Sustainability is gaining momentum, which is also reflected in the trajectory of fashion. Rather than opting for mass produced garments, it is becoming hip to recycle, use reclaimed or pre-loved items and to invest in high quality staples.
Monday the 24th of August was Vegan Fashion and Sustainability Panel. Hosted by PETA, this exclusive event at the PYO Gallery in LA was open to the first 100 guests. The panel consisted of designers and industry talent including Leanne Mai-ly Hilgart of VAUTE Couture; Joshua Katcher of Brave GentleMan, The Discerning Brute, and Parsons; Stephanie Nicora of Nicora Johns; Rebecca Mink of Mink Shoes; and moderator Taryn Hipwell of Ecodiva and FIDM. The event also coincided with the Launch of VAUTE Couture’s Pop Up store in LA last weekend and Brave GentleMan’s appearance at Moo Shoes in LA last week.
The Vegan Fashion and Sustainability Panel was an exciting and insightful event, a sneak peak into the world of fashion. It told the stories of passion of five respected and established professionals, who shed light on the importance of supporting ethical fashion and the challenges that they face as designers.
Sharing their latest designs, they introduced us to pieces from their collections. These garments not only looked good, felt good, and were of impeccable quality; but they are also kind to people, animals and the planet. With a growing trend of supporting products made in the US, we were also some of the first to hear word of Nicora Johns’ upcoming plan to create the first sustainable shoe factory in Los Angeles.
This is a shift away for the large volume of mass produced products that we have largely become accustomed to inexpensive fashion. According to Leanne Mai-ly Hilgart, “less than 2.5% of the clothing that we wear in is made in America”. Documentaries such as the True Cost highlights that there are always social and environmental costs to consider. While you can expect to pay higher prices for first hand sustainable products, the reality is that you are paying for fair wages, high standards and quality products, which are designed to last.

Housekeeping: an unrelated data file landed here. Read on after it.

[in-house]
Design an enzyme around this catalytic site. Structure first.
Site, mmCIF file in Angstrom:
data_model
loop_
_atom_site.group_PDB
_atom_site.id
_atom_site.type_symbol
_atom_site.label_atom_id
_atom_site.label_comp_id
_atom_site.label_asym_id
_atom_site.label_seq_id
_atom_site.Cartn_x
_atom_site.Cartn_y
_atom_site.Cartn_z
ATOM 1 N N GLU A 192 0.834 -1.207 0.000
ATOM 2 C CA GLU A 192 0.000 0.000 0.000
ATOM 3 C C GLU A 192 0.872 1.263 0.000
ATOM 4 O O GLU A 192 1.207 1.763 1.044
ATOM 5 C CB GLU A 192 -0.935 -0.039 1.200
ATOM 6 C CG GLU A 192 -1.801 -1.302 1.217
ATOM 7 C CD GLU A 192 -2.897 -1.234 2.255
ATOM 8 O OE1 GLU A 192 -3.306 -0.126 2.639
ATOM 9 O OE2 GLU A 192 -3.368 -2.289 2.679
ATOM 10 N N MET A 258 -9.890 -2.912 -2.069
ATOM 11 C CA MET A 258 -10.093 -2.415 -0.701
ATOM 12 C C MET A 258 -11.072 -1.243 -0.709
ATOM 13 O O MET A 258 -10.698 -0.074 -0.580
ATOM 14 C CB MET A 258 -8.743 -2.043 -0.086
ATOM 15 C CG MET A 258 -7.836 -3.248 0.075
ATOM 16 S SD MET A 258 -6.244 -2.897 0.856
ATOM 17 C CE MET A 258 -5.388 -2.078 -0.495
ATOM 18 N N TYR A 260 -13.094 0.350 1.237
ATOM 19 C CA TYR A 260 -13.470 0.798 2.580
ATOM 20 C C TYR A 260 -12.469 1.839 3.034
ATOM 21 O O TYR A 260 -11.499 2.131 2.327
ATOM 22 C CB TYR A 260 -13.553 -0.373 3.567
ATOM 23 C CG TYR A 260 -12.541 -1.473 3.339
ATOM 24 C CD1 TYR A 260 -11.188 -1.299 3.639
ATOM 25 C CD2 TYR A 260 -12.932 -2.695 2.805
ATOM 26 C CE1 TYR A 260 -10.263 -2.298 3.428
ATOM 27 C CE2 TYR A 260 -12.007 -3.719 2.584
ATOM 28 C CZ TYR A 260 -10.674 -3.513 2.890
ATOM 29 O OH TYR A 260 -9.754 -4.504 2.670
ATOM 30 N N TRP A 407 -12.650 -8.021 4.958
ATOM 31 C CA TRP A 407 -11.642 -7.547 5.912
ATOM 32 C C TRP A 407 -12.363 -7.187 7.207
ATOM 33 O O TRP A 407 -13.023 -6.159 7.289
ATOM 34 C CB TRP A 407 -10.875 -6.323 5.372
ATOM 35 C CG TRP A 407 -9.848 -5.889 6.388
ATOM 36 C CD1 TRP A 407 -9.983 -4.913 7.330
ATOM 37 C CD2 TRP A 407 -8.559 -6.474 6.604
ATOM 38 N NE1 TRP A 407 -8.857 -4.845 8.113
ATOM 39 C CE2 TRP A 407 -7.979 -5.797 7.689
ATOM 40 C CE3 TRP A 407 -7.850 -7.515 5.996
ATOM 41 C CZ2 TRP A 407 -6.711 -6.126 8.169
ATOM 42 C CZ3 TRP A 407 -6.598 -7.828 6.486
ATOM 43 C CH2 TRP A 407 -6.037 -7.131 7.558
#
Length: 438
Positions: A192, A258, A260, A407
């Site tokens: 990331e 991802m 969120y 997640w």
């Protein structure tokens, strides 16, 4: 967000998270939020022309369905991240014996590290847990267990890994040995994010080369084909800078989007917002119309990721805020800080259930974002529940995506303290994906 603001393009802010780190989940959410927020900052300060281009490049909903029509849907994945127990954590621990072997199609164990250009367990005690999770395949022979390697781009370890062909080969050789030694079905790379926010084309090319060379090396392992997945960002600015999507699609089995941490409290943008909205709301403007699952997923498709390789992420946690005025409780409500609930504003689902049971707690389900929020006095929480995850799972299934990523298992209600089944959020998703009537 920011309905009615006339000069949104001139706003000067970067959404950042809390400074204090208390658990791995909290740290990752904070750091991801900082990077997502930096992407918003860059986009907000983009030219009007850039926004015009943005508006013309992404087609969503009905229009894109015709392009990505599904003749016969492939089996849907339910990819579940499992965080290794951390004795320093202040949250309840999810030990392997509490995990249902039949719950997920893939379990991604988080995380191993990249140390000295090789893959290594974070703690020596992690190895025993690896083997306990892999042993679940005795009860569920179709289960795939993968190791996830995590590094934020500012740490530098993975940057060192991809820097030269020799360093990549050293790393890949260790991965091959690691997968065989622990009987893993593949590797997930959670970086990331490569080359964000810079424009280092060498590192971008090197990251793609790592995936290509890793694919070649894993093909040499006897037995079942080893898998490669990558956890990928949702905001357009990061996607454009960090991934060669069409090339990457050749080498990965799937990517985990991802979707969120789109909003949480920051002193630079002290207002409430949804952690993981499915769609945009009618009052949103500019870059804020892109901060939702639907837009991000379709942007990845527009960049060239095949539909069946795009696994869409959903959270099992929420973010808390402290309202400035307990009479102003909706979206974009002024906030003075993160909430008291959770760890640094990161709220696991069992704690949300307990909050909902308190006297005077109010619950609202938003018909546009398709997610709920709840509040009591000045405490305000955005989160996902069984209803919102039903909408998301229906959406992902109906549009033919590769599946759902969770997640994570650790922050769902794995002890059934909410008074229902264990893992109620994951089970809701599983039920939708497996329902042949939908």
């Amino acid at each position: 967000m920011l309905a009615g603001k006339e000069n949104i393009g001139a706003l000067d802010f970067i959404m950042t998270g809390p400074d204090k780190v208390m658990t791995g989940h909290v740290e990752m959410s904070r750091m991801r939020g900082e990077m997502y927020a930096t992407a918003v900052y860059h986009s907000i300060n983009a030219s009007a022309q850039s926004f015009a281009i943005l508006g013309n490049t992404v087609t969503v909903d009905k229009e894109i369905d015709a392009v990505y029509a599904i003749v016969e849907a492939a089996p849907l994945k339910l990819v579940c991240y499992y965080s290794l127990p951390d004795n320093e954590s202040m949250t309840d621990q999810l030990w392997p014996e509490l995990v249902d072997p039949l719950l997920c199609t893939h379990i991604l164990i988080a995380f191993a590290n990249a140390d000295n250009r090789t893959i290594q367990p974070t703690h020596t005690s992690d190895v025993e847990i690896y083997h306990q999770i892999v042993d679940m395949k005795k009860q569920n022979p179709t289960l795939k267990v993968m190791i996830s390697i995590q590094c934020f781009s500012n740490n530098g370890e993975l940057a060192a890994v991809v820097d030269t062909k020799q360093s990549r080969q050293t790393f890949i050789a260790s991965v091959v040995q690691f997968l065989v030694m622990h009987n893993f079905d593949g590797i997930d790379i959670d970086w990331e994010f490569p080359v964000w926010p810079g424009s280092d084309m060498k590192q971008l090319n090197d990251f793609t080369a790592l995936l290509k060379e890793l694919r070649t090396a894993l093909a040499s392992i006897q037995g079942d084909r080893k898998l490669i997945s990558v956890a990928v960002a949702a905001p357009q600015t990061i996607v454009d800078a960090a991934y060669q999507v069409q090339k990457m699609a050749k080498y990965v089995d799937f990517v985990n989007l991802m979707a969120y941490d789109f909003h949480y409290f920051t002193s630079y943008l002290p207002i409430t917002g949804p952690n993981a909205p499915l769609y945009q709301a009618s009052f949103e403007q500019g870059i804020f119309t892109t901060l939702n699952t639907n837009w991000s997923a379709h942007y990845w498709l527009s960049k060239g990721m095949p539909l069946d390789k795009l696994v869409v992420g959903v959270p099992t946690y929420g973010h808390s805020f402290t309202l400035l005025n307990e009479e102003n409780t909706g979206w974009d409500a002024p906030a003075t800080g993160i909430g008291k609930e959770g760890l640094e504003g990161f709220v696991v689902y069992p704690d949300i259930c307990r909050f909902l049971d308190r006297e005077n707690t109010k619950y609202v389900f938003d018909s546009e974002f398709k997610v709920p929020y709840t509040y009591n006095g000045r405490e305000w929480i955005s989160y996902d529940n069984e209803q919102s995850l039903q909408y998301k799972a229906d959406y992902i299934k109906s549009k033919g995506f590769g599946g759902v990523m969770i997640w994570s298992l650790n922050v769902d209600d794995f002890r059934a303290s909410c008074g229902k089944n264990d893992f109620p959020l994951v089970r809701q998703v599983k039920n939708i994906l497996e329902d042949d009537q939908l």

With this in mind, you might be asking how can I afford to get behind sustainable companies? No matter what your budget is, there is always a solution for shopping sustainably. Designer Joshua Katcher noted “if you’re somebody that doesn’t have a lot of money, you save up for one piece and then you do the rest of your shopping at a secondhand store or a vintage store”. This was mirrored by fellow panelist Stephanie Nicora whose personal technique is to “save money and buy staples… the rest is all vintage”. Basically, invest wisely and to get to know the story behind the brands that you love in order to be a citizen investor rather than an ill-informed consumer.
In terms of the panelists’ advice for upcoming designers, the message was simple; it’s a lot of work and it’s not a cheap, easy or glamorous business. In the words of Rebecca Mink “you have to find that passion all over again so many times a day, so many times a week, thousands of times a month”. To be a sustainable designer, Joshua Katcher also added, you need to be in it for “many many many reasons” and be “somebody that wants create to cultural change”.
As sustainable companies are still part of a niche market, they have a unique atmosphere, which differentiates them from the rest of the highly competitive fashion industry. According to Stephanie Nicora “becoming a sustainable designer right now, you’re coming into an environment where it’s not competitive as much as it is collaborative”. So you can be expecting to work with and learn from fellow designers.
Just in case you’re someone whose heart is set on becoming a sustainable designer or entrepreneur, we’ll leave you with some final words of wisdom from Leanne Mai-ly Hilgart to ponder…“How can a small company with my background use these parts of my life that never made sense until this moment? How can I pull them together as tools that I can use and create a business, specifically a niche and a voice that is only me?”.
To find out more about these talented designers and their beautiful ethical brands; checkout their websites and social media links below.
Words and Photography by Heather Kaye